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Maximizing Legal Protection in Fleet Management

Key Insights from the "Legal Landmines" Webinar

In the fast-paced world of commercial transportation and fleet management, companies with vehicles on the road must proactively address legal challenges. From road accidents to litigation, this industry presents unique and costly legal risks that demand vigilant protection. Fortunately, the recent webinar "Legal Landmines: Common Driver Handbook Mistakes that Cost Big in Court" provided valuable insights on minimizing legal exposure. This information-packed webinar featured Larry Hall, a Partner at Chartwell Law, who specializes in commercial vehicle accident law.

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Larry Hall Chartwell Law Attorney


Event Title: Legal Landmines: Common Driver Handbook Mistakes that Cost Big in Court
Date: Wednesday, August 23rd, 2023
Speaker: Larry Hall, Partner at Chartwell Law

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Key Takeaways

To provide context, it's crucial to grasp the dynamics of the commercial transportation and fleet management industry. Companies operating in this space often protect their businesses with larger auto insurance policies, making them prime targets for aggressive litigation when their employees are involved in motor vehicle accidents. Dealing with accidents incurs substantial costs and consumes valuable time. This is why companies must establish a robust legal protection strategy that starts with policies and procedures and follows all the way through to safety training.

The Traditional Role of Driver Handbooks

One longstanding tool for managing and enforcing driver safety in this industry is the driver handbook. These handbooks serve as comprehensive guides for employees responsible for operating vehicles on behalf of the company. They meticulously outline policies and procedures that cover various aspects of a driver's responsibilities.

Larry Hall's insights during the webinar emphasized that these handbooks are discoverable in litigation proceedings. This means that they can be used against the company, highlighting the crucial need to ensure that the policies and procedures within them are skillfully crafted to minimize legal exposure.

Key Recommendations from the Webinar

Larry Hall shared several best practices during the webinar to assist companies in creating effective driver handbooks and policies while minimizing legal exposure. Here are the key recommendations:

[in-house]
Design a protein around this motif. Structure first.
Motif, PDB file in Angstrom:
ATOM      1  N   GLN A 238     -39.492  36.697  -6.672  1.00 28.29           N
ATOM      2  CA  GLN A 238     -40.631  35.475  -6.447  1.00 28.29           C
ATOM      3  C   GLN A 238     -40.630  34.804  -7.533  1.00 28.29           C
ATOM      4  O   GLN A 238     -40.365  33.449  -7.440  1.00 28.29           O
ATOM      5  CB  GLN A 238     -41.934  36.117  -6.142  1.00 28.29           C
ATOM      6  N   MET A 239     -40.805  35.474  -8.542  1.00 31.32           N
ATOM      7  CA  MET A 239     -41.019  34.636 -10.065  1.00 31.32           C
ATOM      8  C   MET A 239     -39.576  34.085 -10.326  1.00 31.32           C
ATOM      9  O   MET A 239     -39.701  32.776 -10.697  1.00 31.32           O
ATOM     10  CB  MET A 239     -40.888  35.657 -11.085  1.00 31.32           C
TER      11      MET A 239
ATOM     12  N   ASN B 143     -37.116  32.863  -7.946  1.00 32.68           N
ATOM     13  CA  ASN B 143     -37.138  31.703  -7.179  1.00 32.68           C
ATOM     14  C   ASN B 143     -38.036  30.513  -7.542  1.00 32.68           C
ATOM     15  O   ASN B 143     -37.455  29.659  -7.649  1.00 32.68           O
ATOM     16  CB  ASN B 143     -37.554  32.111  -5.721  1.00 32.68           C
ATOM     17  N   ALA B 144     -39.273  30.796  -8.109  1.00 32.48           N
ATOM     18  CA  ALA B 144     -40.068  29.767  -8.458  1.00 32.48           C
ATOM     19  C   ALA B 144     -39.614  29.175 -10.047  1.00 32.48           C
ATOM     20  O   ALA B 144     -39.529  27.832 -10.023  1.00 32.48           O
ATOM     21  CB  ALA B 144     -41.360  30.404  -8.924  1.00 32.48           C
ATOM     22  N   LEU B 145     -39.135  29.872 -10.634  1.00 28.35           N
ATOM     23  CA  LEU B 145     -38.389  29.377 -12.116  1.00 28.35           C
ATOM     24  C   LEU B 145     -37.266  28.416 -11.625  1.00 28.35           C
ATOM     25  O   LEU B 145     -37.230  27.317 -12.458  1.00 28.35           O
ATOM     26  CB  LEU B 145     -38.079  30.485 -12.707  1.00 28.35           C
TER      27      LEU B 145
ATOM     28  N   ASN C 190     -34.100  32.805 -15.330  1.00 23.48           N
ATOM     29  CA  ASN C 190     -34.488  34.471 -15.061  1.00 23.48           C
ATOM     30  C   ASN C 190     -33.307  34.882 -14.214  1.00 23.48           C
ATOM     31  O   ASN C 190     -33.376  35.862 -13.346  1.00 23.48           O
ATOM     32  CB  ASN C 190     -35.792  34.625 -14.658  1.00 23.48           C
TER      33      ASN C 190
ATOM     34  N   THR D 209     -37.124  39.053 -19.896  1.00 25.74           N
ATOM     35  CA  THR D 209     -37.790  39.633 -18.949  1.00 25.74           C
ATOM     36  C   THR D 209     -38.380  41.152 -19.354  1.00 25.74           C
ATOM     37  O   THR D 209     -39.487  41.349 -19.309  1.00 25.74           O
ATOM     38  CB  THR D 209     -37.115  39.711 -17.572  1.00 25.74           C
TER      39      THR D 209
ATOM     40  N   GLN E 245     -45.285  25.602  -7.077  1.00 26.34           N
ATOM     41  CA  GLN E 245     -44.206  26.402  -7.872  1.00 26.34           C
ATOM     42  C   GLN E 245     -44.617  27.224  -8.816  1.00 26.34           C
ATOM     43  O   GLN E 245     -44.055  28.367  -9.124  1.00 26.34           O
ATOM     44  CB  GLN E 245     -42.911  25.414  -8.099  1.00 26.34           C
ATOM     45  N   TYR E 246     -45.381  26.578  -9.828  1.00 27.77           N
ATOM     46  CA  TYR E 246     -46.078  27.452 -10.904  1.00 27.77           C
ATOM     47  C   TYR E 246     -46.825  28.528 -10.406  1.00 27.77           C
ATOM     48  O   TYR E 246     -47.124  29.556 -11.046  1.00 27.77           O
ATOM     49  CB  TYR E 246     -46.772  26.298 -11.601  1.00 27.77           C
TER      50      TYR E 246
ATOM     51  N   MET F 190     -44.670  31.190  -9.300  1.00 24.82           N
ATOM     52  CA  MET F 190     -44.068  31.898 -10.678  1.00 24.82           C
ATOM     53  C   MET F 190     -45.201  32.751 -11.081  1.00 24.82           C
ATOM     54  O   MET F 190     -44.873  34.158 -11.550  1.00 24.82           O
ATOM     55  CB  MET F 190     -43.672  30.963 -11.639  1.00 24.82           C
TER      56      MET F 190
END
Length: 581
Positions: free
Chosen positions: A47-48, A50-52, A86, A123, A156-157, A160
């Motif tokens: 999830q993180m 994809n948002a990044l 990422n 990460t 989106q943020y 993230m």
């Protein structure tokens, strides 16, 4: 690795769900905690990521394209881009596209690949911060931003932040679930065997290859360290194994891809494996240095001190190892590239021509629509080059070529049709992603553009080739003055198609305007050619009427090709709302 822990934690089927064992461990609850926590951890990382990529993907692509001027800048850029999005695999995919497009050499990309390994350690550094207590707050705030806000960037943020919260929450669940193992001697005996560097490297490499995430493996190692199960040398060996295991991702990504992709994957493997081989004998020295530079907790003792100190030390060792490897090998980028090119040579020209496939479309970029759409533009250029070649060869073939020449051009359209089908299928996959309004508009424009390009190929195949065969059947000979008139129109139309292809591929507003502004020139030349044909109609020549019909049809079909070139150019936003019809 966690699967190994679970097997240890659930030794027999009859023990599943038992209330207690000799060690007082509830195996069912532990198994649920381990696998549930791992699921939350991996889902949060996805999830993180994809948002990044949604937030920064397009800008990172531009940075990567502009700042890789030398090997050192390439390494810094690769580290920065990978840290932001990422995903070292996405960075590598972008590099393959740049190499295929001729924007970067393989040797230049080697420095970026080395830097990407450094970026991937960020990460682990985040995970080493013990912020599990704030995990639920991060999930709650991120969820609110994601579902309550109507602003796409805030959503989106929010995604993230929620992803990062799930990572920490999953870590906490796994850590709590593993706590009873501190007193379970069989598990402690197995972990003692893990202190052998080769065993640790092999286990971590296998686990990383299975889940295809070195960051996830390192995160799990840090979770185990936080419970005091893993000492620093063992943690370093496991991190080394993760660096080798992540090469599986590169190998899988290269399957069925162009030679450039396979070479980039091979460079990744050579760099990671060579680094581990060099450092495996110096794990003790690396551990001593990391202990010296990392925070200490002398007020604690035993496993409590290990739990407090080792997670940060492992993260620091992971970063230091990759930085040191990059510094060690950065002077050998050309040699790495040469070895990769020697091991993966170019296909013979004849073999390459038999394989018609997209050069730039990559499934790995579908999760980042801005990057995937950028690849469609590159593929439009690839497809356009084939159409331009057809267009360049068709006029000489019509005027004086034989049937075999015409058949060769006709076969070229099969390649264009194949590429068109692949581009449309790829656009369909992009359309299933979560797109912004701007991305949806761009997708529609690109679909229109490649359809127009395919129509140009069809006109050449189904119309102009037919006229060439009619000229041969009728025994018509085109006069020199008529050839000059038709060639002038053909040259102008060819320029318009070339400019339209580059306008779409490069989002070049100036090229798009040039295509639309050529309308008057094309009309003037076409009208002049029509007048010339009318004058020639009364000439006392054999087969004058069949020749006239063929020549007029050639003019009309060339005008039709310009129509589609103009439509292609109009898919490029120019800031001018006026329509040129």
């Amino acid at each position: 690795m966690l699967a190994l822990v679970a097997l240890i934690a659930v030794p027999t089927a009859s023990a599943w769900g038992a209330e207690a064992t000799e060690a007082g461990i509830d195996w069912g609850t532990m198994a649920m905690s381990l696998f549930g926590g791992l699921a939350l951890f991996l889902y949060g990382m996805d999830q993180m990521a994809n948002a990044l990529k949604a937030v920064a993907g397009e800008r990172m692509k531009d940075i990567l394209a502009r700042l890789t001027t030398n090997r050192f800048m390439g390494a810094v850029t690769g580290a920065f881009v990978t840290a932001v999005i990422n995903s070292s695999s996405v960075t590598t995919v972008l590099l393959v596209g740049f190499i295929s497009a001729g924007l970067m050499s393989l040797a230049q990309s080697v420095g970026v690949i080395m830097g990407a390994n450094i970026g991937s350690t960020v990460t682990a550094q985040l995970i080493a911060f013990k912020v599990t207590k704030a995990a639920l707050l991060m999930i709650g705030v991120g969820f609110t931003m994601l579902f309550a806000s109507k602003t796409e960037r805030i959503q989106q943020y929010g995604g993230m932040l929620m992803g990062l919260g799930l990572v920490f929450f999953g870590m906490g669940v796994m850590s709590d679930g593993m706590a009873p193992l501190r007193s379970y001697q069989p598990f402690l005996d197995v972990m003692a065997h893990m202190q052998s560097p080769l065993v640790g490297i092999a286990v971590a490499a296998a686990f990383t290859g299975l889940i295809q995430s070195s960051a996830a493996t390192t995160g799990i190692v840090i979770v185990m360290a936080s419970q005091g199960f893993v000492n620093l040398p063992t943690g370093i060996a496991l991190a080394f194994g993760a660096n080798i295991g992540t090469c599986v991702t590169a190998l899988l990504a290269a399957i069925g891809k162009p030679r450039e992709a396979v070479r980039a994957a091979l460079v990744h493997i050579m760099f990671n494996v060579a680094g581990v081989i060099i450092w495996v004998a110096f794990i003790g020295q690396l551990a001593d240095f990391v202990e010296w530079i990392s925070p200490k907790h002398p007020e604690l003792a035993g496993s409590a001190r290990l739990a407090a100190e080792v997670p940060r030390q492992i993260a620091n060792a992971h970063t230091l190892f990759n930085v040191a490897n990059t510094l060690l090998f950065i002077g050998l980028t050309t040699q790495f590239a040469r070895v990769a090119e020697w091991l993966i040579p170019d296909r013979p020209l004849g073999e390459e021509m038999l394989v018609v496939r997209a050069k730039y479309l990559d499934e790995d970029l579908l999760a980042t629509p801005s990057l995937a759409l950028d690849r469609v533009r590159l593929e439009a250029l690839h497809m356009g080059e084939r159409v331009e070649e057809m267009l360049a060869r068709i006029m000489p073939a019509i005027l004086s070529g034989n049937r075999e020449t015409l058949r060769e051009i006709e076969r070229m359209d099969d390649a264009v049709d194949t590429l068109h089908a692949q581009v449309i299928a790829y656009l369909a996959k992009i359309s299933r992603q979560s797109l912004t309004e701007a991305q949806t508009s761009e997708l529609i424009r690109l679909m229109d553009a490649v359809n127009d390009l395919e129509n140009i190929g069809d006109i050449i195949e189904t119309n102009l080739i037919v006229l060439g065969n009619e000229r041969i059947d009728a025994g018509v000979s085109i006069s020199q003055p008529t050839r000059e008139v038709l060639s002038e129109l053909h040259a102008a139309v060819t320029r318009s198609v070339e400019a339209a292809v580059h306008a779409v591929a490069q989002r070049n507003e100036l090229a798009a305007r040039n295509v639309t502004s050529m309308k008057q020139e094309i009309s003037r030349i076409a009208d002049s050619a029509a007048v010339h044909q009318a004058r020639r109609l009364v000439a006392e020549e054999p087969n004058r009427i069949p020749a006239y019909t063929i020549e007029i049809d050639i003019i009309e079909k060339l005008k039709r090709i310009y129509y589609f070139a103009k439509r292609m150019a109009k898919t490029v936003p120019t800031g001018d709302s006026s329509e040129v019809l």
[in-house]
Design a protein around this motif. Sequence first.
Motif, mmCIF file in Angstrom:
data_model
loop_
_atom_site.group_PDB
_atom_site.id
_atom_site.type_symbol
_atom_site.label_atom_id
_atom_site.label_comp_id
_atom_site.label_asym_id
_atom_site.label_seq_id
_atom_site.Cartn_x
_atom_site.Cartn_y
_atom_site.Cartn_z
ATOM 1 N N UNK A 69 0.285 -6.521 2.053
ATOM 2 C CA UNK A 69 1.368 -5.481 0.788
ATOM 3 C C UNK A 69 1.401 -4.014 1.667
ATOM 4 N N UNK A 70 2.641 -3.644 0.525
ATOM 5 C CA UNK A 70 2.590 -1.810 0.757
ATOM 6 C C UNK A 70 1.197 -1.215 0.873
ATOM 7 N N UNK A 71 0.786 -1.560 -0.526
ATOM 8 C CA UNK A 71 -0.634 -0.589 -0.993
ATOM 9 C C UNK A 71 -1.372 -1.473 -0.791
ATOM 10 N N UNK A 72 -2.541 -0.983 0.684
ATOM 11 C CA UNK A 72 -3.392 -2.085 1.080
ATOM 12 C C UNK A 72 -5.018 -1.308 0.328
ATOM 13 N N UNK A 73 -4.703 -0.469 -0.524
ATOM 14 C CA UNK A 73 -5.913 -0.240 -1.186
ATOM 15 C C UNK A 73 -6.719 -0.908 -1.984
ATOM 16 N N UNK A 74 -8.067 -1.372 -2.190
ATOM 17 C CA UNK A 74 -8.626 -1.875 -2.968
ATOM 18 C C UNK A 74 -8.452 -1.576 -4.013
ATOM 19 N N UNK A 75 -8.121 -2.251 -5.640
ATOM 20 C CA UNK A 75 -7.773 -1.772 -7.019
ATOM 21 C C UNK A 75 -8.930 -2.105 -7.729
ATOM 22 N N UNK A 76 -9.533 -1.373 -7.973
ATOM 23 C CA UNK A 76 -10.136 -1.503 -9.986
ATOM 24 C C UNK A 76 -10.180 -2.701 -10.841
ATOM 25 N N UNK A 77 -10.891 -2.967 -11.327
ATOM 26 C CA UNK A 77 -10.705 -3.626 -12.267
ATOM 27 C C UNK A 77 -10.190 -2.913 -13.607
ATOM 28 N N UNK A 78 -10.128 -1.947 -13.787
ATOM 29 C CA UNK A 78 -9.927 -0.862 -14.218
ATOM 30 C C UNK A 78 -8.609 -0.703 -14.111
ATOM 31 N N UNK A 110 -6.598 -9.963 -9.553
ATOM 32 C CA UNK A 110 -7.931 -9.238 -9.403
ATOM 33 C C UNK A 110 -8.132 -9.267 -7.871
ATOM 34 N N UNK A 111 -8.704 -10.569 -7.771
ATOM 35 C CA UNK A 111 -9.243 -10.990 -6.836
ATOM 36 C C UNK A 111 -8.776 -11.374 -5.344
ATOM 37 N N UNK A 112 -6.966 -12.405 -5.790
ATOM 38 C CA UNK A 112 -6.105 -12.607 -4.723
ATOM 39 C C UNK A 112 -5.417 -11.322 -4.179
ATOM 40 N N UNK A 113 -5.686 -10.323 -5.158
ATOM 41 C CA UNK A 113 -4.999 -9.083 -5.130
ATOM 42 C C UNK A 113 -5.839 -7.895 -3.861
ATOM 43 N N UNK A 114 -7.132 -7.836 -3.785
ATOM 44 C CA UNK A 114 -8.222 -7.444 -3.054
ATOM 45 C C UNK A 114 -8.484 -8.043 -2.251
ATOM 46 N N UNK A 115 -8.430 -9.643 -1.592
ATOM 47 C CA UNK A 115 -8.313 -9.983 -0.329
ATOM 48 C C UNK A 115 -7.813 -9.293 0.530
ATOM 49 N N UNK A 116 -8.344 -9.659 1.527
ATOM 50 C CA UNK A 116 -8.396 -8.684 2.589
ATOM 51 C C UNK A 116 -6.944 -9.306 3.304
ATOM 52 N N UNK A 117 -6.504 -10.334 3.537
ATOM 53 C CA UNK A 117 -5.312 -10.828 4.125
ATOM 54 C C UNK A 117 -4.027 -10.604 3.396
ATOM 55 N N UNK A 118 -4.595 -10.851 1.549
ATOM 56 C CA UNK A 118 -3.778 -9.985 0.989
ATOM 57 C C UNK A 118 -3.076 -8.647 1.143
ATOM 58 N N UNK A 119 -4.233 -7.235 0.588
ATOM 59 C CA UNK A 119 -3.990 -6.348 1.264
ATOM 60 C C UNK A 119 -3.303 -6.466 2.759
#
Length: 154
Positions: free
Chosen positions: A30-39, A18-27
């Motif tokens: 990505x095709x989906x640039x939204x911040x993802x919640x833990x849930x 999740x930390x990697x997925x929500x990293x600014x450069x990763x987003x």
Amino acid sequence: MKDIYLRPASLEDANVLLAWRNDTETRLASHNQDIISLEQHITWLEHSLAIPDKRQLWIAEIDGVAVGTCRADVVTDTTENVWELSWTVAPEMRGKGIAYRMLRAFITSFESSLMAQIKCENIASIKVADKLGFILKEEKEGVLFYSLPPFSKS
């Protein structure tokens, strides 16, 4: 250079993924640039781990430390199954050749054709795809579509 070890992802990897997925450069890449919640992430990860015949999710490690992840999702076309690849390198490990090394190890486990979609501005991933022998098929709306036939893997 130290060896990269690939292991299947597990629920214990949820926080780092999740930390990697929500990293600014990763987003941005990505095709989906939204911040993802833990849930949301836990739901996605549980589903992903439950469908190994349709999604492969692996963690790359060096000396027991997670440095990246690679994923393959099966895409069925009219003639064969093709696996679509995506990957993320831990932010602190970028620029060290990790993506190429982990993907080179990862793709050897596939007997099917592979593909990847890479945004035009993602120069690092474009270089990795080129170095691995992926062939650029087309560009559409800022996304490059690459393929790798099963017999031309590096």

1. Avoid Labeling Drivers as "Professionals": Eliminate the use of "professionals" to describe your drivers, as it can elevate the standard of care placed on them, increasing liability for both the employee and the company.
  2. Keep Company Policies in Employee Handbooks: Place company policies and procedures in HR-issued employee handbooks rather than driver-specific handbooks and ensure they are written in a way that allows management discretion.
  3. Avoid Defensive Driving Expectations in Handbooks: Omit defensive driving expectations and policies from the driver handbook, as they elevate the standard of care expected from your employees, potentially increasing liability.
  4. Objectively Apply Termination Rules: If your company outlines "rules" for terminating drivers, ensure that these rules are applied objectively and equally across all company drivers.

Real-World Example

Larry Hall illustrated the importance of these recommendations with a real-world example. In a scenario where a company driver collided with a disabled vehicle on a dark, rainy highway, the company's own policies and procedures calling for employees to uphold defensive driving standards at all times as outlined in the driver handbook, could open the door for legal liabilities. Although initial law enforcement reports may not assign liability to the company driver in this scenario, the handbook's contents can be used against the company.

The Impact of Telematics Technology

In the age of technology, personal injury attorneys are finding legal liability opportunities in accidents where companies leverage telematics technology, including connected dash cams. While this technology is crucial for safety and operational efficiency, it's essential to manage and oversee it properly to avoid increased legal risks. Larry Hall emphasized the need for being midful about how you outline the responsible use and expectations of such technology in your policies and procedures.

Take Action Now

To enhance your company's driver handbooks and policies and minimize legal exposure, consider the following key takeaways:

Review Language: Ensure that driver handbooks do not label drivers as "professionals."

Move Defensive Driving Expectations: Remove defensive driving expectations from handbooks and place them in safety training programs.

Objective Application: Only include policies and procedures in your handbooks that your company can uphold objectively and equally.

Additional Resources

Part 2: Live Driver Handbook Teardown & Ask Me Anything Session with Larry Hall

To dive deeper into these insights and gain practical guidance, consider watching part 2 of the webinar series. This session provides a practical application of Larry's guidance and best practices outlined in the "Legal Landmines" webinar.

Watch Part 2 of the webinar series here.

Webinar Replay: Legal Perspective on Video Telematics

Video evidence is the gold standard when it comes to protecting your drivers and your business.

But what happens when your driver is at-fault? What camera views are best for protecting your business? Can in-vehicle video technology be more harmful than helpful? Get the answers to these questions and more.

Watch the Legal Perspective webinar here.


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